Tuesday, August 17, 2004

you got to know when to hold 'em,
know when to fold 'em

-kenny rogers

for the past few weeks, i wanted to pull the rusty gates closed on this weblog. lock things up and amble away. my consigliere apparently did not have the stomach to endorse so bold a move. he advised that i take one month off, then make my final decision with a clear head.

today, i will commence my sabbatical.
if you wish, please check back on the 15th of september.

the management

Thursday, August 12, 2004

the college board plans to change the SAT this spring. take out analogies, add a student essay section. the training class i attended today explained how i might set up test prep sessions for students who use my library. a guidance counselor and a librarian team-taught the class.

the counselor spoke as though all of her Rs had been pounded down with shovels. she sounded exactly like my relatives on my dad's side who are scattered throughout massachusetts and rhode island. at my sister's wedding a couple of years ago, it was fun to sneak up on tables and hear family from narragansett talking to family from raleigh. i felt like an anthropologist trying to discover whether english was spoken anywhere in the banquet hall.

the SAT prep training was pretty straightforward. it took a little mental adjusting to get reacquainted with the calendar though. when does the student take the test? when do they apply to school? when do they submit financial aid paperwork?

my parents had a system, so i was lucky. they told me to apply to six schools ranging from longshot to shoo-in and they let me know when paperwork was due. i don't think i could have been trusted to make any important decisions at that time, mesmerized, as i was, by the glossy college catalogs that were crammed daily into our mailbox. ...but check out how cool these dorms are!

looking back, it is actually kind of a joke to me that we expect 16-year-olds to make life decisions. i changed my major when i got to school anyway, just like a lot of people. i also didn't think seriously about a career until almost ten years after that.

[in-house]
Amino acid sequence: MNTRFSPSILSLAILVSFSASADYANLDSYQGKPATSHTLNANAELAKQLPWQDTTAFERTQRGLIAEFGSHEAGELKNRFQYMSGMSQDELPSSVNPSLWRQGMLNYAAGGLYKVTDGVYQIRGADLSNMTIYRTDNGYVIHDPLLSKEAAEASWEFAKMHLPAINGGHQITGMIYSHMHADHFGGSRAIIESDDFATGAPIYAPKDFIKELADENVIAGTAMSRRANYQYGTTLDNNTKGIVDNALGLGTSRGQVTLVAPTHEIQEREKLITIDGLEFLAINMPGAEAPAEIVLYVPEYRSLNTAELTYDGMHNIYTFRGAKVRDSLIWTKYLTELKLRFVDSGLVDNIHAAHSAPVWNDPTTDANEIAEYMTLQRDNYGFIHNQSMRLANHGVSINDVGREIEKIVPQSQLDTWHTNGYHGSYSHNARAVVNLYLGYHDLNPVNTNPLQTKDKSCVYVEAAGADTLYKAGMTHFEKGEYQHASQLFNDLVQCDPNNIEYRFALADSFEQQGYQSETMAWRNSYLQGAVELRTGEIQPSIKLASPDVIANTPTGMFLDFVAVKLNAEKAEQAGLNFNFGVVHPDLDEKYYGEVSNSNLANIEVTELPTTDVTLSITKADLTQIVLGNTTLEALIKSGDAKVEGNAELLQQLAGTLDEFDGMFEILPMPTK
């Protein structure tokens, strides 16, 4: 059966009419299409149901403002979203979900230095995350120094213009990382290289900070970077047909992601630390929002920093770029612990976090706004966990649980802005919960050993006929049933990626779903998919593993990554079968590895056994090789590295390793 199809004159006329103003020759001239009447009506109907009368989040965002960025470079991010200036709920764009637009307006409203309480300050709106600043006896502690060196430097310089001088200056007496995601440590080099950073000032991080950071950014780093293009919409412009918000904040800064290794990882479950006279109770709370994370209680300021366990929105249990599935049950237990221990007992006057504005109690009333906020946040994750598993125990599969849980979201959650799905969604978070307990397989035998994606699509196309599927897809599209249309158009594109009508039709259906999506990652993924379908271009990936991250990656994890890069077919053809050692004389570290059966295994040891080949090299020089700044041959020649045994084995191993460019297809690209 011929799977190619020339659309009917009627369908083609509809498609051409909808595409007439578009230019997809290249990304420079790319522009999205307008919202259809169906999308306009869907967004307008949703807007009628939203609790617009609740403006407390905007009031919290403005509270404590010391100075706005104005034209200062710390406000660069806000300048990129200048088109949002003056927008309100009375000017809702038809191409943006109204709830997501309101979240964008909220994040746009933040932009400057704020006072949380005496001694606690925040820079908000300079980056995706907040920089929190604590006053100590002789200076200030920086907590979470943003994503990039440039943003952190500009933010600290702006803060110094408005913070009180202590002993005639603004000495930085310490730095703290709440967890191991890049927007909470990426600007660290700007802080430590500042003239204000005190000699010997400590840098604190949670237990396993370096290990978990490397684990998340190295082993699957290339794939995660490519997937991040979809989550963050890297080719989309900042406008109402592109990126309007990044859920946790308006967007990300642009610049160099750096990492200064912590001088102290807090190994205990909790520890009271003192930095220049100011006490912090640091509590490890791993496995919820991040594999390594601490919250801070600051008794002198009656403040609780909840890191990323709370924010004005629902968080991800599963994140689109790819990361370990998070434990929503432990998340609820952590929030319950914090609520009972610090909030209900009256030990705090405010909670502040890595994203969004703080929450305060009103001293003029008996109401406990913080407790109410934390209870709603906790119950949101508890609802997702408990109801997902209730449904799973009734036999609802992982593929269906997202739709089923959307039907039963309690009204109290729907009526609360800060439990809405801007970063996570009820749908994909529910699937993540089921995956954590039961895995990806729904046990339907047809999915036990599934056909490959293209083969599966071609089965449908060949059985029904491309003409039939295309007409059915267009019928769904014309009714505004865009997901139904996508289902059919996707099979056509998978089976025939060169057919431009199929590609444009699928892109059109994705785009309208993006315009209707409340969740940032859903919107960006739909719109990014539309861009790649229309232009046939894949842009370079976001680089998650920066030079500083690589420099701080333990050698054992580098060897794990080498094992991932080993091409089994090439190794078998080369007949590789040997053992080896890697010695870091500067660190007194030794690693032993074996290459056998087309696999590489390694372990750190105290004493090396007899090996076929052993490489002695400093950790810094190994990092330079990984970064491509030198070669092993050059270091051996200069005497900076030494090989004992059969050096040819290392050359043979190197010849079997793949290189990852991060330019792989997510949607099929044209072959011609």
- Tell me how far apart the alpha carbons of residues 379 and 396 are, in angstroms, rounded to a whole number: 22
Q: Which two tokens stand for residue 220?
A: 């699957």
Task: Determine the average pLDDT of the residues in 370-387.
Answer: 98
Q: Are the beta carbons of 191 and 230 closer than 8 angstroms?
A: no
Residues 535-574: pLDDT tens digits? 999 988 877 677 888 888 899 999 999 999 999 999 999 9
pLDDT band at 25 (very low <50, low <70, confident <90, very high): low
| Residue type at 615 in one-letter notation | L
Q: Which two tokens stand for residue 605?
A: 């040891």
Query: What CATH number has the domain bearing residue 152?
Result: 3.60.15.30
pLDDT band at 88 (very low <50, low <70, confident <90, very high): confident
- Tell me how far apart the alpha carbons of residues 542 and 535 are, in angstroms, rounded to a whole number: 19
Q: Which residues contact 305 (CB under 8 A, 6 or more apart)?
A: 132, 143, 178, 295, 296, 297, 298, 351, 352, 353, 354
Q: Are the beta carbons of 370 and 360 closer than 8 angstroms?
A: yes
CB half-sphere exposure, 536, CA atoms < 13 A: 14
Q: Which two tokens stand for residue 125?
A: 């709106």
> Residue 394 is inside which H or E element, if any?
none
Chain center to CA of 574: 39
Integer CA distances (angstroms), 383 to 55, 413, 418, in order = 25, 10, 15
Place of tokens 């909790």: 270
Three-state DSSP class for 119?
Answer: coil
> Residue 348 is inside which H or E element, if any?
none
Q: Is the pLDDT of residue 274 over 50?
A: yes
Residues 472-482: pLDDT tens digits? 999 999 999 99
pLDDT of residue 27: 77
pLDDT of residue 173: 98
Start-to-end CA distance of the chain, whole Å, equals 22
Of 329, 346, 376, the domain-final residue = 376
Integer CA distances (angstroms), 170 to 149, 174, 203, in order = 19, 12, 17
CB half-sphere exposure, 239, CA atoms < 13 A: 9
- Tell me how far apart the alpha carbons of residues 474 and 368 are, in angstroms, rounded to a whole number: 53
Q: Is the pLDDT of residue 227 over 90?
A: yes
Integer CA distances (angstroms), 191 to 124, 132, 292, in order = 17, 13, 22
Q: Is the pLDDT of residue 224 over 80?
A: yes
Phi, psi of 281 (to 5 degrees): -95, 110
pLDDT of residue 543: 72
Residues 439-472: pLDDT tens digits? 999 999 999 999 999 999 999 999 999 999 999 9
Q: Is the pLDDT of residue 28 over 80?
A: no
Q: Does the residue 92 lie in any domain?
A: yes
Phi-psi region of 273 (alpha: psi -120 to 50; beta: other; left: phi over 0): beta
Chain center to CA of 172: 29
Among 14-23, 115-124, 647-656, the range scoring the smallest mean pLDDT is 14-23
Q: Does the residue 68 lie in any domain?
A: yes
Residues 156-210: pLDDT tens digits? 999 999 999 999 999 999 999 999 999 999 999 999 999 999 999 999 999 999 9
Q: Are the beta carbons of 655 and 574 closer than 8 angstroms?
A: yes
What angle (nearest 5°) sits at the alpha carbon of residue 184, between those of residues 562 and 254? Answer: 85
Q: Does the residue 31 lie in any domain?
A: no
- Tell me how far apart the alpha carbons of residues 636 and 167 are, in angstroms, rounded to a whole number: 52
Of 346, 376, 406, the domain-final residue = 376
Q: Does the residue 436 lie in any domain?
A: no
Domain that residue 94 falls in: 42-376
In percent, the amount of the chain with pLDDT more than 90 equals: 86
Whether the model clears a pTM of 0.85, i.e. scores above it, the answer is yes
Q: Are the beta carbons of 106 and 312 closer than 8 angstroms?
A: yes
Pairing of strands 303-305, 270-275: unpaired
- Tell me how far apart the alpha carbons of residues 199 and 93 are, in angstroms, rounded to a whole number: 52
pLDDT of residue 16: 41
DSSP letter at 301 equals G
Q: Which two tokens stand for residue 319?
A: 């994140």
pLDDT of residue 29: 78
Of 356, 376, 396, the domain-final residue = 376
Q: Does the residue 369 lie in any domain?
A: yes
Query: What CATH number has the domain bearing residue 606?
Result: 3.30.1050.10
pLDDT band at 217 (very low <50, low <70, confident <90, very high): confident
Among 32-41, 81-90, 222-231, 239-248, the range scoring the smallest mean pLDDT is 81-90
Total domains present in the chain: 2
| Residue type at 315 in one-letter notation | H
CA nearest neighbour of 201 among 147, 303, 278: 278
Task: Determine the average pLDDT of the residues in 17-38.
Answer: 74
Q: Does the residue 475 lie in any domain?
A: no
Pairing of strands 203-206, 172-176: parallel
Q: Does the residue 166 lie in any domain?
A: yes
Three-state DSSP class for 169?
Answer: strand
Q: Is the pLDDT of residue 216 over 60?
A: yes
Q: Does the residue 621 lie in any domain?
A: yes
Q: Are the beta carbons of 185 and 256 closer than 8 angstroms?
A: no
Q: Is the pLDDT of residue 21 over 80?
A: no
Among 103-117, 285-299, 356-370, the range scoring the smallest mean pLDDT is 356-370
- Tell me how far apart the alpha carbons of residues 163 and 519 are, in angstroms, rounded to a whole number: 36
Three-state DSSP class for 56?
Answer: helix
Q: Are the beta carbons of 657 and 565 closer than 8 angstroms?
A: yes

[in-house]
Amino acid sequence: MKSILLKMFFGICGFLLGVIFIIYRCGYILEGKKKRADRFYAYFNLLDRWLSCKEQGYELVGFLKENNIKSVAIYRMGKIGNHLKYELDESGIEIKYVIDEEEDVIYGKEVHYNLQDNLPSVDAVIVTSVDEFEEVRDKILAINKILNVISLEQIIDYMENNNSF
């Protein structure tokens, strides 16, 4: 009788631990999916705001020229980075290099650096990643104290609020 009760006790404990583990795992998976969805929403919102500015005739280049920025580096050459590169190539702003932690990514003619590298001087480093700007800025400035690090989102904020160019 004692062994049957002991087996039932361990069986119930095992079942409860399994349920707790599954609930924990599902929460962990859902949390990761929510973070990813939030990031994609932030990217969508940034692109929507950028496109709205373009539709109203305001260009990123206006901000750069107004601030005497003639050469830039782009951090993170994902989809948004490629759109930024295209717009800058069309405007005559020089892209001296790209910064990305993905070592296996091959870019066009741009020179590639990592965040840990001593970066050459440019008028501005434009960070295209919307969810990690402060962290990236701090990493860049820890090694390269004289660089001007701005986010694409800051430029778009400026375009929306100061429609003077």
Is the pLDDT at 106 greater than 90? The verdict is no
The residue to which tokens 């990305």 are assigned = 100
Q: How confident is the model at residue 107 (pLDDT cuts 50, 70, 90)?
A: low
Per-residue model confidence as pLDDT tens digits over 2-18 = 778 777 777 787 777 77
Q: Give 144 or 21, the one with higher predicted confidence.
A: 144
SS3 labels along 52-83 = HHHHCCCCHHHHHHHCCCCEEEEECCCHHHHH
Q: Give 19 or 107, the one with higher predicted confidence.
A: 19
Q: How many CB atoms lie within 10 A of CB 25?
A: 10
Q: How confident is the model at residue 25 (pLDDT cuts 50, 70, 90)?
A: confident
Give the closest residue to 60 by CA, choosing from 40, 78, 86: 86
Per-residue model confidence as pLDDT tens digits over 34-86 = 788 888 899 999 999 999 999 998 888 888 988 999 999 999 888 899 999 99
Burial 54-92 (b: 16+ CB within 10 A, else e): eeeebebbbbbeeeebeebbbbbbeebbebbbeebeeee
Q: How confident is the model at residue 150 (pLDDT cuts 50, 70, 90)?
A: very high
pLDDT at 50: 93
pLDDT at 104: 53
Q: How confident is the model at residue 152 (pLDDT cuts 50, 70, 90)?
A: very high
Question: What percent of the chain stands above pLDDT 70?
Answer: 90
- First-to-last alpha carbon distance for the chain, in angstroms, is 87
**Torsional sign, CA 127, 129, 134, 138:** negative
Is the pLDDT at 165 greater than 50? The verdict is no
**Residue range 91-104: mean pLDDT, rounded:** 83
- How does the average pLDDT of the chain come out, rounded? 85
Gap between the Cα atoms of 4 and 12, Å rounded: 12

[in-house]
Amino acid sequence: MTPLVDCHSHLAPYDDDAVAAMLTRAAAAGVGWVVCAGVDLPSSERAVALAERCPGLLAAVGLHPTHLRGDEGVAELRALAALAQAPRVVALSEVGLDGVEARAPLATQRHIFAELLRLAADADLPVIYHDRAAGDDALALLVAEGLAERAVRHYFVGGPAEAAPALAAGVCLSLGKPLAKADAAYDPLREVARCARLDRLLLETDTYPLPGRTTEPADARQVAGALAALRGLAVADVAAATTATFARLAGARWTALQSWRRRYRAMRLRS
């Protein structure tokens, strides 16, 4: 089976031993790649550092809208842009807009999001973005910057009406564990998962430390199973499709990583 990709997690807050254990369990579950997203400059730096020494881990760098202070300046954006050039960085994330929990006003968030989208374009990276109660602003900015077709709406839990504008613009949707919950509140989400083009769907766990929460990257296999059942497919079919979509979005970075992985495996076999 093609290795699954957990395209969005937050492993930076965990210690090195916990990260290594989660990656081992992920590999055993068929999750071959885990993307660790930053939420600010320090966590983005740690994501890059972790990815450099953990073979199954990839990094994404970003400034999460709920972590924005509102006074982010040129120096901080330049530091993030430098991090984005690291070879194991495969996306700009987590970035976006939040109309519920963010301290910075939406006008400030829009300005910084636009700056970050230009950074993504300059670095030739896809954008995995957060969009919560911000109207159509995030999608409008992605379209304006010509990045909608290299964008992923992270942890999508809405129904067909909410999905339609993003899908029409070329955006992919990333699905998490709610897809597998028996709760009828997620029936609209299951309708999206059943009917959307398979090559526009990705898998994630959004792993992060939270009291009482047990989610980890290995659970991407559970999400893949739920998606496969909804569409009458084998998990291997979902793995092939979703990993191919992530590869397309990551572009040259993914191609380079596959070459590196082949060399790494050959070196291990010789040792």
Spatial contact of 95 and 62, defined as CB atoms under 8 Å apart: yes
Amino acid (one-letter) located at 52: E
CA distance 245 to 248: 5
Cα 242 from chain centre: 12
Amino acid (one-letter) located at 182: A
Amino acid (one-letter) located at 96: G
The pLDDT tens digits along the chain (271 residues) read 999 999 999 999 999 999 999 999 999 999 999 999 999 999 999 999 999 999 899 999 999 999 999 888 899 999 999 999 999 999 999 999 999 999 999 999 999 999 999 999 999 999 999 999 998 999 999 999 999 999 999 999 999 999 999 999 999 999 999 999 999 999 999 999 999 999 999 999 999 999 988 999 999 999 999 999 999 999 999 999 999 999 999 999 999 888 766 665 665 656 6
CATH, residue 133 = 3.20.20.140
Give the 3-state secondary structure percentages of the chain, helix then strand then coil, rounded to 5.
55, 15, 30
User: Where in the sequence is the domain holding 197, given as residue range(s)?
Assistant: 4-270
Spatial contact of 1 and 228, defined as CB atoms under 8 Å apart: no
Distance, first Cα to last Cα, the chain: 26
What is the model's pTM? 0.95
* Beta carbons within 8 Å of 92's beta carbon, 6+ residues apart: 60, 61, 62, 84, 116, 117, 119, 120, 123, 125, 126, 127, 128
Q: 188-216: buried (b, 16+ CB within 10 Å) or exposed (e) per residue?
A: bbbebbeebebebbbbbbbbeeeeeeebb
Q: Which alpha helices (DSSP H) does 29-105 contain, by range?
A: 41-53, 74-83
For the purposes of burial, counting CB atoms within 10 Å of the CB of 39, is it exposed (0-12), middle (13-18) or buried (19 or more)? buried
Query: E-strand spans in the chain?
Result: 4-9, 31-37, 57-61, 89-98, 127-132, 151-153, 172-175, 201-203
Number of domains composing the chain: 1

we should pay higher taxes, so that every kid gets to attend a liberal arts school for four years, after which they will be required by law to spend another four years stumbling through a succession of shit jobs working mainly for tips-- waiting tables, softshoe/busking, massage parlor, whatever. only after you've floundered for a bit and tried some things and made some mistakes should you even begin thinking about what job you want to spend the rest of your life doing.

i mean, honestly, think about what you wanted to be when you were 16. are you doing that for a job now? probably not, because there could only be two guys in nelson and they were brothers.

last heard: the gazetteers 'bedroom community'
last read: In the wake of this preservationist backlash, McGregor opted to save the historic complex and incorporate it into the project.

Wednesday, August 11, 2004

[warning: sadness ahoy.]

a weird kind of homesickness descended on me recently. i never realized it before, but having my aunt in the same town really pacified me. the countless sunday nights spent sitting at her tiny kitchen table, talking about nothing important, this is what i miss the most. i am not the type to take mundane things for granted-- not the routine, not the ritual, not the chocolate cake-- i'm lucky that way, but somehow, i value those things even more than i once did.

i find myself thinking about my immediate family often, like i'm settling into a homesickness thirteen years after i moved out. they only live six hours away, close enough to drive, but still far enough to require planning. it wouldn't be the kind of drive like the one to my aunt's place. i can't just stop at their house because i'm in the neighborhood. i can't just grab something out of their refrigerator and leave them a note.

last seen: speaking in strings
last heard: george jones 'white lightning'
last read: The subfield of "stylistics" emerged in the 1950s, attracting prolific adherents who borrowed terminology and techniques from linguistics, including complicated computer-aided means of quantifying style.
bonus: Skinner and Mills both have the confidence not to talk about dominant themes in American chart hip-hop: pliant women, amphibious vehicles, bottomless pride.

Monday, August 09, 2004

i knew that i would spend part of monday morning briefly addressing an auditorium of over 100 teachers. i also knew that i would likely be introduced over a very loud public address system as manager, a title that still makes me feel like a little boy on easter sunday with an itchy and over-starched shirt collar.